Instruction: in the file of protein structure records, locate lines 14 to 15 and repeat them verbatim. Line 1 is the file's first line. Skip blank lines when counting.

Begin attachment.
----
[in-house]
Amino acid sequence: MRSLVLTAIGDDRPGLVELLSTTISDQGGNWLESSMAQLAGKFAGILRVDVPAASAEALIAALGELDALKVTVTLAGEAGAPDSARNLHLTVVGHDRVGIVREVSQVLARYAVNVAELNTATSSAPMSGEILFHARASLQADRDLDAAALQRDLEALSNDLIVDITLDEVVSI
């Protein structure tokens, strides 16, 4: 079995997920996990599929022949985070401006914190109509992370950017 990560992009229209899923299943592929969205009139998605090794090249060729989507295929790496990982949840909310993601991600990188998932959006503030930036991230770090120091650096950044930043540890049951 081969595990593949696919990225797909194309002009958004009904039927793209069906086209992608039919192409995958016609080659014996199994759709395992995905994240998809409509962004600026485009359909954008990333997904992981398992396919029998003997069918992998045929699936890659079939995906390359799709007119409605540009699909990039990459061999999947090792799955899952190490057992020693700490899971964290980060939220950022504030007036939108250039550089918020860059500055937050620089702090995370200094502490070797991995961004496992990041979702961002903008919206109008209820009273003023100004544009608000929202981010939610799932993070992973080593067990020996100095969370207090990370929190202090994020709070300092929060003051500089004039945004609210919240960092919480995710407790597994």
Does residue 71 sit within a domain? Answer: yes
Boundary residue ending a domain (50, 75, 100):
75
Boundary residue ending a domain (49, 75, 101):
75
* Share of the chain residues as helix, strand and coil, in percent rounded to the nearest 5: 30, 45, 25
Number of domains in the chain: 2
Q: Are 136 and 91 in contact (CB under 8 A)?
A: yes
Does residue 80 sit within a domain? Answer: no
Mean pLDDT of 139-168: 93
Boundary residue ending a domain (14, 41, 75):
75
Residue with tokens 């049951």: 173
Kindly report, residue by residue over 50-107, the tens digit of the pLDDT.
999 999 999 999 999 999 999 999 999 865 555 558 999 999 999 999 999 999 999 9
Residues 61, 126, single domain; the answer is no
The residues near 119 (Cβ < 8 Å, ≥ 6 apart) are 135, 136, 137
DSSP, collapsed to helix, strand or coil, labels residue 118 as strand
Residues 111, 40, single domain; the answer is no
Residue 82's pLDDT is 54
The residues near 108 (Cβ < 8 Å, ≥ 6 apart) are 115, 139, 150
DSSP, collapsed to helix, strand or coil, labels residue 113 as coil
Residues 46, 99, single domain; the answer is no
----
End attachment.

Mean pLDDT of 139-168: 93
Boundary residue ending a domain (14, 41, 75):